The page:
Butterball’s national hotline, based in Naperville, has helped more than 50 million home cooks avoid turkey disaster since 1981 with its Turkey Talk-Line. The huge endeavor now comprises more than 50 cooking experts, and it runs every weekday in November and December from 9 a.m. to 6 p.m. (1-800-BUTTERBALL). Codirector Nicole Johnson spills some of its secrets.
I’m sure everyone who works the hotline has favorite calls from over the years. What’s yours?
I started working for the Talk-Line in 2001, and I’d gotten married the weekend before Thanksgiving. We postponed our honeymoon until January. I answered the phone on Thanksgiving and a lady was whispering. Sure enough, she was a newlywed who had her in-laws in the dining room, and she’s whispering to me on the phone from the kitchen, totally scared because she wanted to impress her new in-laws. I was able to relate. We hear a lot of cute stories. There was also the dad who needed to bathe his twins and was on turkey-thawing duty, so he decided he was going to multitask and throw them all in the tub at the same time.
Your most common calls involve thawing. What are your best tips?
People either think that it doesn’t take much time at all, or they think it’s a really long process. But just remember: If you’re thawing in your fridge, it’s 24 hours for every four pounds of turkey meat. We will get phone calls, believe it or not, on the day before Thanksgiving or even Thanksgiving Day where people have totally forgotten to start thawing. If you have a really big turkey, that could be a problem. So we just walk them through a faster method, which is the cold-water bath method. [Fill a sink or cooler with cold water, submerge the turkey breast-side down, and replace the water every 30 minutes. It will take about 30 minutes per pound to thaw.]
How do you break it to someone gently that the turkey is unsalvageable?
If it’s a food safety issue, we give them all the facts, and then usually we don’t have to tell them to throw it away. If someone’s forgotten a turkey in the back of their car for days, which has happened, they can make that decision on their own.
What has changed over the years for the Talk-Line?
We get a lot more males calling now. A lot of times they call on cell phones from the grocery store, and we talk them through it from start to finish. A lot of our calls are a couple minutes, but I’ve had calls that have lasted for more than an hour, where we’re walking callers through every step and they’re taking notes.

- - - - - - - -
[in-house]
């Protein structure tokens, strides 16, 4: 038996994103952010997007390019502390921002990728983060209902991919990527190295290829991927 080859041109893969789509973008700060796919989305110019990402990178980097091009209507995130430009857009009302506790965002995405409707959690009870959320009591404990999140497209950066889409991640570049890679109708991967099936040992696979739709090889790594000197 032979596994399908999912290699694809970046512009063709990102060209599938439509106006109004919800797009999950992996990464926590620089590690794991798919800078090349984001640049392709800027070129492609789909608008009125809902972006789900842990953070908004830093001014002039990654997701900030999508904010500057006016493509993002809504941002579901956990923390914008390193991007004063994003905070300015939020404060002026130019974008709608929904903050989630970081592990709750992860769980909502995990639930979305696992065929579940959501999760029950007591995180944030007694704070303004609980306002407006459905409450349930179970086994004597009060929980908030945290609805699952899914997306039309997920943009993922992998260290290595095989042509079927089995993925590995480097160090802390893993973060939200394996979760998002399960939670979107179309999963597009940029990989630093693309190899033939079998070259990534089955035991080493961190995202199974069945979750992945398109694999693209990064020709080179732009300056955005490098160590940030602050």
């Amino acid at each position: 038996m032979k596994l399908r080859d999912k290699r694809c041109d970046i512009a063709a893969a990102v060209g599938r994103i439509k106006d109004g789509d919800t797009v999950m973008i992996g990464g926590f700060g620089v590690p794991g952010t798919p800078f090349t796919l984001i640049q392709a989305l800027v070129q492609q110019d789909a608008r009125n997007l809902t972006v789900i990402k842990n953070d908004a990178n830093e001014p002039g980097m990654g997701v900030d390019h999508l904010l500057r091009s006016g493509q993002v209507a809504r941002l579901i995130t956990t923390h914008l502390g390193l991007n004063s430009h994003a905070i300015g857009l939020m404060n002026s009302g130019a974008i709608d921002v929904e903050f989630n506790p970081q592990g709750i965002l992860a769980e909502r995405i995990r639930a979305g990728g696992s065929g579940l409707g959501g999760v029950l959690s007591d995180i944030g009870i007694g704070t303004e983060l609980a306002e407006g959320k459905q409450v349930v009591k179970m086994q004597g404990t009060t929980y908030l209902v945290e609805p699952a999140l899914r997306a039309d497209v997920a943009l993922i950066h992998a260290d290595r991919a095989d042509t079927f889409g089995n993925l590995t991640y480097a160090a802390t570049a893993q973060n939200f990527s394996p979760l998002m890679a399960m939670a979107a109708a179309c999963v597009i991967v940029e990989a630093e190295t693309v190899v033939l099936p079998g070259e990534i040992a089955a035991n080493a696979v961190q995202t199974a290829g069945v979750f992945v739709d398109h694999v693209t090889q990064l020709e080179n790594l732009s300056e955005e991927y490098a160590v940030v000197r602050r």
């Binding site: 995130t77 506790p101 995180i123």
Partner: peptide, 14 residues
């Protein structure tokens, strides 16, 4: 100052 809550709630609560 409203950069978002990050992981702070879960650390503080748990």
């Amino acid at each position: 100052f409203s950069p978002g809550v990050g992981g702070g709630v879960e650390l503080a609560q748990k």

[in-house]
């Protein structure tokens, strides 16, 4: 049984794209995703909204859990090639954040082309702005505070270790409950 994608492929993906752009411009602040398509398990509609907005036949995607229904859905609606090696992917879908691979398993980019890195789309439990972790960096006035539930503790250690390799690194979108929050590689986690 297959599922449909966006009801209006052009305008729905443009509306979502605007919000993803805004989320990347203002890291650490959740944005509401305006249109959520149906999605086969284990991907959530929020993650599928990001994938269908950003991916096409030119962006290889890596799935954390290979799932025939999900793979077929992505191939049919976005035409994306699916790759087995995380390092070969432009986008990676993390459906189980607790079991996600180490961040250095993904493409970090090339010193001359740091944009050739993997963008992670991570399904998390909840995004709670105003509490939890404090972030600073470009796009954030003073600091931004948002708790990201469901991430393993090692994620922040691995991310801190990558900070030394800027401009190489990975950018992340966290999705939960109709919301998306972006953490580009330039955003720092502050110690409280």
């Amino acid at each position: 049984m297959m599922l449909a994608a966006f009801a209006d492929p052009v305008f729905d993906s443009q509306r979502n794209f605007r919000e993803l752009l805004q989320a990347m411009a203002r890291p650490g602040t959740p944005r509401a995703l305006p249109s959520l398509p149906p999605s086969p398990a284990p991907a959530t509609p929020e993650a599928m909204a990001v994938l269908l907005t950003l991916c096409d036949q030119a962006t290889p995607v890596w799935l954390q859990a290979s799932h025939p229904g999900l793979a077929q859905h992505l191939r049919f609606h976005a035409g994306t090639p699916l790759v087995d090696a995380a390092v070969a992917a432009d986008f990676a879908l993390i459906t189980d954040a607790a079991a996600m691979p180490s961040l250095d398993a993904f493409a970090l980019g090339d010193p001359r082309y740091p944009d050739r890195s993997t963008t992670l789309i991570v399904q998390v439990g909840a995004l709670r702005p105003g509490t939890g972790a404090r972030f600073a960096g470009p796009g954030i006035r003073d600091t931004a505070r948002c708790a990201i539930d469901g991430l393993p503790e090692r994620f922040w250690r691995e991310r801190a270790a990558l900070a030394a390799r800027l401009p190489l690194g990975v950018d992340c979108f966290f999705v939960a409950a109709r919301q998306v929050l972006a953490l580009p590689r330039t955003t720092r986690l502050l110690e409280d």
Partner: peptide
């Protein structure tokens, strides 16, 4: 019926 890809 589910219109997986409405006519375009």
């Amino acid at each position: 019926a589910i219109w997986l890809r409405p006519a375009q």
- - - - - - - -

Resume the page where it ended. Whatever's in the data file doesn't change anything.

Do you have time to prepare your own Thanksgiving meal between your job duties?
Everyone helps, even my 11-year-old son, because I work an eight-hour shift. I’ve been working at the Talk-Line since before my kids were born, so that’s all they know.
What’s it like on the day of?
On Thanksgiving we open as early as 6 a.m. and we usually field over 10,000 calls. We serve soup to our staff that day because everyone’s voice is so hoarse.
What’s the biggest Thanksgiving meal disaster you’ve experienced personally?
My mom always hosted Thanksgiving for my dad’s big Irish-Catholic family, about 40 or 50 people, so she cooked one turkey in the kitchen and one in our oven downstairs. One year someone forgot to turn the downstairs oven on completely. I remember a bit of disarray. My mom still blames my dad; my dad blames my mom. We do get calls like that—a husband and wife “discussing,” if you will. If you’re on speakerphone right out of the gate, you know it’s going to be a good call.
Fried or roasted?
Nothing gives off that aroma in your house like that roasted turkey—shallow pan, no lid.
Dark or white meat?
I’m a white meat fan, which is good because my husband is a dark meat fan. A lot of people think they should have the white because of the calories or the protein. But if you look at a three-ounce serving, really there’s only a very minute difference in calories. They’re both healthy, low-fat choices.
Is brining necessary?
Is it necessary? No. Can you do it? Absolutely.
Should you cook stuffing inside the bird or separately?
My mom has always done it inside the turkey. You want to make sure, if you do put the stuffing inside turkey, to increase the cook time.
What’s your giblet advice?
A lot of people ask about giblets. They always kind of giggle about them. A lot of times, people will forget to remove them from the body cavity. They’ll call halfway through and say, “Oh my gosh, I forgot the giblets, what do I do?” We say not to worry. Butterball knows that can happen, so it encloses the giblets in a food safe bag. Would they be edible at this point? No. You just want to wait until the turkey is done and remove them. But they’re not going to harm your turkey in any way. My mom—and I know lot of people—will put them in salt water on the stovetop and simmer them, chop them up, and use them in stuffing. I never knew my mom did that until a couple of years ago, but she says it’s where the flavor comes from.
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